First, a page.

According to the 1st-century Jewish historian Josephus, the city of Palmyra, which last week fell to Islamic State, was built by King Solomon. It also had a sizable Jewish population well into the Middle Ages. Ilan Ben Zion takes note of some of the archaeological evidence of ancient Jewish life there:
Relics of Ancient Jewish Life in Palmyra, Now in the Hands of Islamic State
At America’s Best Universities, Biblical Religion Is a Curiosity, if Not a Menace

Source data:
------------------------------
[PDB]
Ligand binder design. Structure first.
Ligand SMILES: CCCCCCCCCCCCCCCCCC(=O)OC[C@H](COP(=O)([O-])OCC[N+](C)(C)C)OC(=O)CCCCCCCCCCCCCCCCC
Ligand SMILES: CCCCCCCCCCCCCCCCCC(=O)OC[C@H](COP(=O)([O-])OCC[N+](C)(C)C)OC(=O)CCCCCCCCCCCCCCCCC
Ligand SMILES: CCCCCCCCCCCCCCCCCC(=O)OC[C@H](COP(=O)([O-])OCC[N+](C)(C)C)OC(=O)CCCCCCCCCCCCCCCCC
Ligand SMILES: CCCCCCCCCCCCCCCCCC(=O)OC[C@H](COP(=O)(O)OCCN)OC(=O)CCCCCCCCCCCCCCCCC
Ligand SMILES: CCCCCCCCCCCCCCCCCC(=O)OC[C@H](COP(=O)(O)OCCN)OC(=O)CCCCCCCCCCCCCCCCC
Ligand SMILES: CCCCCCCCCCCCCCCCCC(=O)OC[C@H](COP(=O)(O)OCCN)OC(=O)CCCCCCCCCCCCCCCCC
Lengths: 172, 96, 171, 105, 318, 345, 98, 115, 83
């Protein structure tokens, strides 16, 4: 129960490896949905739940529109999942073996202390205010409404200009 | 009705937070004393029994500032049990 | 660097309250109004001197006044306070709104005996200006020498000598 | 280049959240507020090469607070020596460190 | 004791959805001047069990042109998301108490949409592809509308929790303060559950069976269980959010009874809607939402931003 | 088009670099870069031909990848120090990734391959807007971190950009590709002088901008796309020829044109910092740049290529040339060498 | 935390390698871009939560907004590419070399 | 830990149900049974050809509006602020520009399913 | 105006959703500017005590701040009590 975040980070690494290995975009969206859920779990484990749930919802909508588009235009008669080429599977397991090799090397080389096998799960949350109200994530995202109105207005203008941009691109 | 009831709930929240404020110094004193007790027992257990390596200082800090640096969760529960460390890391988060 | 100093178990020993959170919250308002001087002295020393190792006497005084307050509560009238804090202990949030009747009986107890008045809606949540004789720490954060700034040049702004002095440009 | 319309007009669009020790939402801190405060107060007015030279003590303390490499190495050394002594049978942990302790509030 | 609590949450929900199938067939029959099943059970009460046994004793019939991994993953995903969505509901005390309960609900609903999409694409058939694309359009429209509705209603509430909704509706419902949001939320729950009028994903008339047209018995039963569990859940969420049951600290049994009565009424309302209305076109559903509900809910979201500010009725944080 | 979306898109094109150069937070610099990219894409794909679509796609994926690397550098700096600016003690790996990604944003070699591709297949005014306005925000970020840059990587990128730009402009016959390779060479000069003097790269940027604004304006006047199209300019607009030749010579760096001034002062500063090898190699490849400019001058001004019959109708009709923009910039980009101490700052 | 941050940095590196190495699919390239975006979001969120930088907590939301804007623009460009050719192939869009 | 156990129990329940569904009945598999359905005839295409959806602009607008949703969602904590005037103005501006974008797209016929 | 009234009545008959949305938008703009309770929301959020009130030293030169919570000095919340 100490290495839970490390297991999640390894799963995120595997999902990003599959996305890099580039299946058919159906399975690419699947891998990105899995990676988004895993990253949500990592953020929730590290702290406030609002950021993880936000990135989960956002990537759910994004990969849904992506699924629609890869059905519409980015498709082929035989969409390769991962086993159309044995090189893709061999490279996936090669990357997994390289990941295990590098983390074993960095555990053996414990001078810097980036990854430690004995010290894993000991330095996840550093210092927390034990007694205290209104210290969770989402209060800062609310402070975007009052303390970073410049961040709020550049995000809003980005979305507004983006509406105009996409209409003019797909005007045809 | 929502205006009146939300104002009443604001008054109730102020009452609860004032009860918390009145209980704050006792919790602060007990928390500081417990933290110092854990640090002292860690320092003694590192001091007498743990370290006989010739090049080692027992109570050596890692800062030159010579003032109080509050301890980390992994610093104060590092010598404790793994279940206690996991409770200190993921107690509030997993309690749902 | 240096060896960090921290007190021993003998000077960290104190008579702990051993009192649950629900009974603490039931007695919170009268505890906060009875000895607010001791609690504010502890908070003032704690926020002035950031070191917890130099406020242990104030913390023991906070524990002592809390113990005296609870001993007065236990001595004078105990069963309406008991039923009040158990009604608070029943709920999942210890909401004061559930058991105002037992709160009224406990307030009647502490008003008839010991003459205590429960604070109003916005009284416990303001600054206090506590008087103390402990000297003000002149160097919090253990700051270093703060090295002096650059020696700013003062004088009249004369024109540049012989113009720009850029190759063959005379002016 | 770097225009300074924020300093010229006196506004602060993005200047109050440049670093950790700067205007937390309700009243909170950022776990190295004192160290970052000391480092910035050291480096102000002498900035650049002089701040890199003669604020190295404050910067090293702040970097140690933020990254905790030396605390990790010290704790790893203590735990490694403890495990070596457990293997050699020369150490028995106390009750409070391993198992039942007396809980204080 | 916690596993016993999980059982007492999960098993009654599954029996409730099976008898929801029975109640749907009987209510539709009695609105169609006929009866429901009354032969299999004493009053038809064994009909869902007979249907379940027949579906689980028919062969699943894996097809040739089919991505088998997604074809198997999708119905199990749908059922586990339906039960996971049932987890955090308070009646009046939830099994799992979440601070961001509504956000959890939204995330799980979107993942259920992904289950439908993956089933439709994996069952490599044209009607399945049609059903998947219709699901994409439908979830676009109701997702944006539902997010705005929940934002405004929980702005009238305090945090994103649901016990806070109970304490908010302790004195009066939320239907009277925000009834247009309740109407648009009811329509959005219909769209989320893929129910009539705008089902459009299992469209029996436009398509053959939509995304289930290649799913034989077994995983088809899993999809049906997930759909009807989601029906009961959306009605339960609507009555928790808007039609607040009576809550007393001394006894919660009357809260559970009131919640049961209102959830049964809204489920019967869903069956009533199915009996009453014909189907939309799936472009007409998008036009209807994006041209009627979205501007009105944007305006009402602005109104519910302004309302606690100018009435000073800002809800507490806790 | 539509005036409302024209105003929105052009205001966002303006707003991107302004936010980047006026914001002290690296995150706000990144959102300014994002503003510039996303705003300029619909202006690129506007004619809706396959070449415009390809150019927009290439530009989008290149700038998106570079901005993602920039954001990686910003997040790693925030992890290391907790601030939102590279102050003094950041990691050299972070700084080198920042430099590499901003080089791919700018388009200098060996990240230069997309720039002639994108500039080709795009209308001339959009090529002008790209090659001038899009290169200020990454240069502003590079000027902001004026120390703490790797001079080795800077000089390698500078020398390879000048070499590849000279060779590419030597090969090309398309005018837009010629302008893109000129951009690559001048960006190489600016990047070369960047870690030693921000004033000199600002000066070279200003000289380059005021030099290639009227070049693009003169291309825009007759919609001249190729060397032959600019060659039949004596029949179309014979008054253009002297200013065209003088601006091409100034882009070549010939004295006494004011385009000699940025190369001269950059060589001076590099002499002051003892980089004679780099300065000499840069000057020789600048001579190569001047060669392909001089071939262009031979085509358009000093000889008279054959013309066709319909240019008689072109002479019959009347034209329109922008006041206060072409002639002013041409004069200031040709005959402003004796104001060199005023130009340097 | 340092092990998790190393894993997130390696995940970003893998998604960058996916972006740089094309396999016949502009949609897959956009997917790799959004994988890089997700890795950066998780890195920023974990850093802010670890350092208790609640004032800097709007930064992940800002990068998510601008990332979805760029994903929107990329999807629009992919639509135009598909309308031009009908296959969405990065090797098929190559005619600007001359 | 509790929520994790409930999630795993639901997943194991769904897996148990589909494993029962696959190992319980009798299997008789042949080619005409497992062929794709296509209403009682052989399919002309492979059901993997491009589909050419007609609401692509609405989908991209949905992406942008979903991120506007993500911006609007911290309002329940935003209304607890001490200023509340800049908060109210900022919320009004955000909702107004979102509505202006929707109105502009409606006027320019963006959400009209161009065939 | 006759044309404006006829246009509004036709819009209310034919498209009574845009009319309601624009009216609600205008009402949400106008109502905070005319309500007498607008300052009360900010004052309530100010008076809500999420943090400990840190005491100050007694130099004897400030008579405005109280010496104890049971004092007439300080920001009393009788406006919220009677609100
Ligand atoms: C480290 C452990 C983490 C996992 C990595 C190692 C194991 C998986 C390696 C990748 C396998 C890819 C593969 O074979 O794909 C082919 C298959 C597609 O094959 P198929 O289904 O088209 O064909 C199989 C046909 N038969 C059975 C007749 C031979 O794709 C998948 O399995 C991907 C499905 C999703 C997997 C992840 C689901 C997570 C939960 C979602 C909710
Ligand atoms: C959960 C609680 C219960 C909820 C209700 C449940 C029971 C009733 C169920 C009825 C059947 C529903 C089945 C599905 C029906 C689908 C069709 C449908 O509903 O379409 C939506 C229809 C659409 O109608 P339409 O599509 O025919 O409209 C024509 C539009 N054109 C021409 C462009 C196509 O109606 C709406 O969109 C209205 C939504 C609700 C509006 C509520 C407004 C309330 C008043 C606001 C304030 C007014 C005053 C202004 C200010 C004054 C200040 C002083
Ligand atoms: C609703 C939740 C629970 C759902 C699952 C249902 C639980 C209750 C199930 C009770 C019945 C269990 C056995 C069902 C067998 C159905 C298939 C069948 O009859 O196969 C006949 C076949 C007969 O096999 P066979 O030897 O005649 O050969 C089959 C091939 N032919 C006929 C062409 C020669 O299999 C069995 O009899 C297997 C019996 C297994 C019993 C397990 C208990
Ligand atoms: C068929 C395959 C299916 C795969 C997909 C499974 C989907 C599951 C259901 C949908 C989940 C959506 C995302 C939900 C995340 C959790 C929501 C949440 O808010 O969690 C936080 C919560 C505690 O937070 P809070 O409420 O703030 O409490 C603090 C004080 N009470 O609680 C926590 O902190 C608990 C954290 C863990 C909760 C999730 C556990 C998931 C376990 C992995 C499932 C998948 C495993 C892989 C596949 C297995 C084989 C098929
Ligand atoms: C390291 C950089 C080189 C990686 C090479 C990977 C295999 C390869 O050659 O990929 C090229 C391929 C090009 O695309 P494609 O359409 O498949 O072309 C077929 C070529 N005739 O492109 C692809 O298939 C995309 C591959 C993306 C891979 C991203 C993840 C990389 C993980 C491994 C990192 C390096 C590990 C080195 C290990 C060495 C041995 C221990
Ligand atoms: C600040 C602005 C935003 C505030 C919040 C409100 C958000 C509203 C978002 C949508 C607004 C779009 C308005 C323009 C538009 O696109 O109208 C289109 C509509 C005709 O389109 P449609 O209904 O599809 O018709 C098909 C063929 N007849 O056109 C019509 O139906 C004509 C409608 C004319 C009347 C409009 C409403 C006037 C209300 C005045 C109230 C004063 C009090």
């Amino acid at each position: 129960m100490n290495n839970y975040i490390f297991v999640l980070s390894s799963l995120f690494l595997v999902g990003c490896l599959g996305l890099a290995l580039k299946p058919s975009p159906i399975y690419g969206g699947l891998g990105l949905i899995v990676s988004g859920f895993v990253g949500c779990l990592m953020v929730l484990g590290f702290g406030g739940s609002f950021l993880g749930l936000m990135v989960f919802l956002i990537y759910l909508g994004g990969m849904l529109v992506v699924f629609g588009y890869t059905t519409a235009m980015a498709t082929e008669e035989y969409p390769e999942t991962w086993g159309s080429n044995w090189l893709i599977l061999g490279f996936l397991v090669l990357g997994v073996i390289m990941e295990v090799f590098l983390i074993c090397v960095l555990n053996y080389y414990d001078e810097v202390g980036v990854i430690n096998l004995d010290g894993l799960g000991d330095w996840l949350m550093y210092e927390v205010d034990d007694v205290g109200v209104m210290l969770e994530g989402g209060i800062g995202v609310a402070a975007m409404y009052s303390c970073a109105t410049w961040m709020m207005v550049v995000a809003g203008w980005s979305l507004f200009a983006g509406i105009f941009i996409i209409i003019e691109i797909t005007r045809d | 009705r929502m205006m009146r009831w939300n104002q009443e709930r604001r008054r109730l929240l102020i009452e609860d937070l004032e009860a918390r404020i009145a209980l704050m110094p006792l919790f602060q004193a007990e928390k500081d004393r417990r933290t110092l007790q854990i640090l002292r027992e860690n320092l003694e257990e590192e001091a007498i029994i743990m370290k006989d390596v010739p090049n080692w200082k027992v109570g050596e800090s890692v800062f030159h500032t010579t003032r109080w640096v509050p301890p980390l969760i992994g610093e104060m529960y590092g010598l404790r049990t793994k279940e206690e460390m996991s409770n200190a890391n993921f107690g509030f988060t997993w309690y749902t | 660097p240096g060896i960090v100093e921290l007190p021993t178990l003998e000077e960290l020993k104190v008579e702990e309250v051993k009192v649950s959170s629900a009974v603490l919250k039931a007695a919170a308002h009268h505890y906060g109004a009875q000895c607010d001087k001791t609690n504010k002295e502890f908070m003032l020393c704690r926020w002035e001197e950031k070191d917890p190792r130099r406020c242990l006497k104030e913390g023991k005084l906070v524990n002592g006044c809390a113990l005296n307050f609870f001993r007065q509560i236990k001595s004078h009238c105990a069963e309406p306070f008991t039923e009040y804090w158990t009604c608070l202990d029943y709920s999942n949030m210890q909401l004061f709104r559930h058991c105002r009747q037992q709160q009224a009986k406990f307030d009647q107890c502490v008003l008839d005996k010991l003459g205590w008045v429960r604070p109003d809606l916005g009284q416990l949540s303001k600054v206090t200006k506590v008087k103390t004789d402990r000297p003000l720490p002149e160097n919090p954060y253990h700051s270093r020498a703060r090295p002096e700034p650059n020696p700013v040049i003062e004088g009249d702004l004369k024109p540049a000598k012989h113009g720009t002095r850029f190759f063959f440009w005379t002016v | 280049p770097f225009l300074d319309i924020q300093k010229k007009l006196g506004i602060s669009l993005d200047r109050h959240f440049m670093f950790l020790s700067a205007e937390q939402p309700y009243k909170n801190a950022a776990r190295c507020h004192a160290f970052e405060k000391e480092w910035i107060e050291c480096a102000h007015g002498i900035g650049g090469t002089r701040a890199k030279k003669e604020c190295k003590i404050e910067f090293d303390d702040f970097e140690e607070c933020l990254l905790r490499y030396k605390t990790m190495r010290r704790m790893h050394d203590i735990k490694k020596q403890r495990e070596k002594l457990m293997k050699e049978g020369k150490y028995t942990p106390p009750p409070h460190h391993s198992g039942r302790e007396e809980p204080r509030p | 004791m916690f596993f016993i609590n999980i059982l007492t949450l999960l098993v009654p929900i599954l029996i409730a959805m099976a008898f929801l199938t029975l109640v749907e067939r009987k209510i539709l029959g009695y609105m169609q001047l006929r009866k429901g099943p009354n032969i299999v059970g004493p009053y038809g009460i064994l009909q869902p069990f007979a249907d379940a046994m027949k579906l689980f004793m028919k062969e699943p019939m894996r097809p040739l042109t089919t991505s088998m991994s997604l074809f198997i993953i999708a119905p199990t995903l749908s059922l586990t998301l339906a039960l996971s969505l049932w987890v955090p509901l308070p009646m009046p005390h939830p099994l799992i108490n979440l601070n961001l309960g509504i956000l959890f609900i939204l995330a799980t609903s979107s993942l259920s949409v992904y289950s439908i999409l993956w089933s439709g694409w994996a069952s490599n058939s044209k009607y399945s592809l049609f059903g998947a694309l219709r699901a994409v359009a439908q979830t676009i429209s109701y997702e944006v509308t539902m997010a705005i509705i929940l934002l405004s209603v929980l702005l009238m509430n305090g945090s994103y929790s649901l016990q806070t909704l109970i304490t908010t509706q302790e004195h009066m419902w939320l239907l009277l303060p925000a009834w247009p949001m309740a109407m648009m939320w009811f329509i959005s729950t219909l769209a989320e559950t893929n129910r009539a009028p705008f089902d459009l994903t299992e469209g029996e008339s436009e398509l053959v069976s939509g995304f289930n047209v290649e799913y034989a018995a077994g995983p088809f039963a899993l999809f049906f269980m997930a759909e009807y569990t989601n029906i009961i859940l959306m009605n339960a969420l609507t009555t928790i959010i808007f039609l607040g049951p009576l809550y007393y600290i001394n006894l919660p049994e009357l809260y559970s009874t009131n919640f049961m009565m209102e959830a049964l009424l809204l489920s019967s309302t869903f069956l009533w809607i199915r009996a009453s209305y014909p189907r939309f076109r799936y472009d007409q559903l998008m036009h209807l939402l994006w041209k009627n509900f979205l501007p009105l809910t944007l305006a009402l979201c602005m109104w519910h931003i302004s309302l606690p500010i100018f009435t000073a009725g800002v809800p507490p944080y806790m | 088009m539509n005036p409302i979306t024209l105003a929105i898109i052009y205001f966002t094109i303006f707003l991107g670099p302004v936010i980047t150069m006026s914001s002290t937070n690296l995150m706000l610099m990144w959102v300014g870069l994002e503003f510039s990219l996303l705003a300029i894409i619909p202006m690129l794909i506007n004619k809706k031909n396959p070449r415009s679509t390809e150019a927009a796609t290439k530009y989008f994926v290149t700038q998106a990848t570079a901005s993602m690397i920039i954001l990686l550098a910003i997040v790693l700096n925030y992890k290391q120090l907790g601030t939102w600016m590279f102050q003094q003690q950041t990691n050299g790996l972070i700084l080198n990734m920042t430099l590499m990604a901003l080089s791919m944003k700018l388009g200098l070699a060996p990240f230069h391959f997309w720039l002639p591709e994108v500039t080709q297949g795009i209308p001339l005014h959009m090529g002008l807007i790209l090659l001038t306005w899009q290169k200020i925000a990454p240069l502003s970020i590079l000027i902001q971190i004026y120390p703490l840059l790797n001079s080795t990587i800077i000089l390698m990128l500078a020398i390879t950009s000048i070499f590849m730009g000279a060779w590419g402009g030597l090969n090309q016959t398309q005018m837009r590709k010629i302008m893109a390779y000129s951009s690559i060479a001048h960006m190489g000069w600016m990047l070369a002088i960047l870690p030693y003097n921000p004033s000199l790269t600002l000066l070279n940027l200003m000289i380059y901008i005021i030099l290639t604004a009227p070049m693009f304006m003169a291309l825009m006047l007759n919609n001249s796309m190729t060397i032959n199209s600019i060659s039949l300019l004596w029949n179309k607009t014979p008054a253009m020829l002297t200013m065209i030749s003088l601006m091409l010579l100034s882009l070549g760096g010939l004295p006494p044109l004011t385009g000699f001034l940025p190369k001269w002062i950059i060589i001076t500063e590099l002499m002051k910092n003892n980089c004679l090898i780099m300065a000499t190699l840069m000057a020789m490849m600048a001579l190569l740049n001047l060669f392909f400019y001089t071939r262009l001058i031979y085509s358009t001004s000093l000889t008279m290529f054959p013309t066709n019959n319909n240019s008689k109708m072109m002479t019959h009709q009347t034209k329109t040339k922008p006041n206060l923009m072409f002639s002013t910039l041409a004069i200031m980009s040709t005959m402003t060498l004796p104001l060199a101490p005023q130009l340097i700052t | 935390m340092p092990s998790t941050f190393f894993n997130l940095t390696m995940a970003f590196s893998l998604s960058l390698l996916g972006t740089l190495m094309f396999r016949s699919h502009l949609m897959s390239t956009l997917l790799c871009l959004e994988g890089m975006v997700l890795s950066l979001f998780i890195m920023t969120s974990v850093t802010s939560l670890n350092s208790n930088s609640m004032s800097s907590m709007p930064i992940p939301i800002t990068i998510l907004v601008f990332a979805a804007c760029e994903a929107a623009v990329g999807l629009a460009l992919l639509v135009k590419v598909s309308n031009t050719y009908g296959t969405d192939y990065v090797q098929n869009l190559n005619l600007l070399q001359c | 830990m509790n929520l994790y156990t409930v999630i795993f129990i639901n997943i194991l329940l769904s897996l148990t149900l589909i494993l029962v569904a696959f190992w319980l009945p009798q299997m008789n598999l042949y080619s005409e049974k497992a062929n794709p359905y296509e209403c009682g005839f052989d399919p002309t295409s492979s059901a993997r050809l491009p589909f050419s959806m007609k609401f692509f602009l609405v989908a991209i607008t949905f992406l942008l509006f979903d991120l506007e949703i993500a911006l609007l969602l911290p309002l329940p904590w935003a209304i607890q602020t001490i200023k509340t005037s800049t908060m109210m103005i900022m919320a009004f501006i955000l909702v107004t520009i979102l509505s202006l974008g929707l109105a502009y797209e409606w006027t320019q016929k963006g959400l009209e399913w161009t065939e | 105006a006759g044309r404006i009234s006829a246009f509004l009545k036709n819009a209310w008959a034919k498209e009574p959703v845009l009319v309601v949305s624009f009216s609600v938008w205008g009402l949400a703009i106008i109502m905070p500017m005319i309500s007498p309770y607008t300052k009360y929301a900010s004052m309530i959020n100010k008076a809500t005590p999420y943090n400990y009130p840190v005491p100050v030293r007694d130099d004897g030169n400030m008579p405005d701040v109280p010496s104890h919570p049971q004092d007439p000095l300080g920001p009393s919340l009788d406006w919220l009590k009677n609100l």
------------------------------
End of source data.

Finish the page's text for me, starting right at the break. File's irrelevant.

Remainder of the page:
At the time of Columbia University’s founding in 1784, notes Meir Soloviechik, the leader of the local synagogue, Gershom Mendes Seixas, was made a member of its board of regents. A Jewish student even gave a commencement address, composed by Seixas, in Hebrew. In the 20th century, Columbia attracted numerous Jews with the relaxation of quotas, and was the first secular university to create a chair in Jewish history. Barnard College, Columbia’s all-women’s school, was itself founded by a Jewish woman, and today has a large number of Orthodox Jewish students.